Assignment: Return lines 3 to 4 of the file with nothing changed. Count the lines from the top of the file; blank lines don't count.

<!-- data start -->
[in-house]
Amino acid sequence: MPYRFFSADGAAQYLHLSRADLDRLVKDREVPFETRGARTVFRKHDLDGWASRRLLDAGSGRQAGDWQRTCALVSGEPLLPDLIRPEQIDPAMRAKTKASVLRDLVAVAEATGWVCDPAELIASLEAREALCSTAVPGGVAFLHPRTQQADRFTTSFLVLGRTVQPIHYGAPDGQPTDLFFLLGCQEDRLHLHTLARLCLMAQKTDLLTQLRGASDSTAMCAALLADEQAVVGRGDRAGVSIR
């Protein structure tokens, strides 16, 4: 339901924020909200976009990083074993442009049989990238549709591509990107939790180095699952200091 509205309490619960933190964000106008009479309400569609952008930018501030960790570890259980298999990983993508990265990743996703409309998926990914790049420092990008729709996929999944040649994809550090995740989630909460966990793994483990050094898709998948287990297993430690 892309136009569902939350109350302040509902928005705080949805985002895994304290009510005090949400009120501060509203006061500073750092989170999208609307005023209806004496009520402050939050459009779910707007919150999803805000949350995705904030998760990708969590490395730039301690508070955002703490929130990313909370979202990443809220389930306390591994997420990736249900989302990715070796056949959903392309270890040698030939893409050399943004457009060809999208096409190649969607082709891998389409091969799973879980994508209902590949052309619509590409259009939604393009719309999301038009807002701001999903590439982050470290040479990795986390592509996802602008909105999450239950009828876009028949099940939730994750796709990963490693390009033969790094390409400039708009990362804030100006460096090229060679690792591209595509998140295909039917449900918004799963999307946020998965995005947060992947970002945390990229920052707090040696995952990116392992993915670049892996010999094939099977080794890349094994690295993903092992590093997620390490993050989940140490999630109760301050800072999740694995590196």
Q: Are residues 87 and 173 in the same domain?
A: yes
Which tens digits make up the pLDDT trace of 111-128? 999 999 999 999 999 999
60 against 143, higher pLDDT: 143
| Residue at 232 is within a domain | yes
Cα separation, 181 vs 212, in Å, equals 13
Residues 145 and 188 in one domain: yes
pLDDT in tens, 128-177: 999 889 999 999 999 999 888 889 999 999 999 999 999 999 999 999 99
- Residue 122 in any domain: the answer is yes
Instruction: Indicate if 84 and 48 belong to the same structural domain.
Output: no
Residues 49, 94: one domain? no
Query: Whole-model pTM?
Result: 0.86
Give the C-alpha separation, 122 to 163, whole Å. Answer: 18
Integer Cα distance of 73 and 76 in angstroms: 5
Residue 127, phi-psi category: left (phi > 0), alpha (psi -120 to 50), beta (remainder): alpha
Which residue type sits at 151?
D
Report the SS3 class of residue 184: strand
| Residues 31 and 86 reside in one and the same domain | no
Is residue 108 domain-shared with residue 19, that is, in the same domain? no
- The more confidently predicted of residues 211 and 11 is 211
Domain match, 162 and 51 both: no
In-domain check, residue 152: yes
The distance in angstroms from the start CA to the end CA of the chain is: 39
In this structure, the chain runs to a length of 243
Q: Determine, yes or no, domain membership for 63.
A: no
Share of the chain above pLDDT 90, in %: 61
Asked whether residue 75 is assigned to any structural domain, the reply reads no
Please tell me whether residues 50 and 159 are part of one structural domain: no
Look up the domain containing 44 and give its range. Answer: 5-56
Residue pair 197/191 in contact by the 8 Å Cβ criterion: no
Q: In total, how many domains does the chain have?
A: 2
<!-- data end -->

């Protein structure tokens, strides 16, 4: 339901924020909200976009990083074993442009049989990238549709591509990107939790180095699952200091 509205309490619960933190964000106008009479309400569609952008930018501030960790570890259980298999990983993508990265990743996703409309998926990914790049420092990008729709996929999944040649994809550090995740989630909460966990793994483990050094898709998948287990297993430690 892309136009569902939350109350302040509902928005705080949805985002895994304290009510005090949400009120501060509203006061500073750092989170999208609307005023209806004496009520402050939050459009779910707007919150999803805000949350995705904030998760990708969590490395730039301690508070955002703490929130990313909370979202990443809220389930306390591994997420990736249900989302990715070796056949959903392309270890040698030939893409050399943004457009060809999208096409190649969607082709891998389409091969799973879980994508209902590949052309619509590409259009939604393009719309999301038009807002701001999903590439982050470290040479990795986390592509996802602008909105999450239950009828876009028949099940939730994750796709990963490693390009033969790094390409400039708009990362804030100006460096090229060679690792591209595509998140295909039917449900918004799963999307946020998965995005947060992947970002945390990229920052707090040696995952990116392992993915670049892996010999094939099977080794890349094994690295993903092992590093997620390490993050989940140490999630109760301050800072999740694995590196």
Q: Are residues 87 and 173 in the same domain?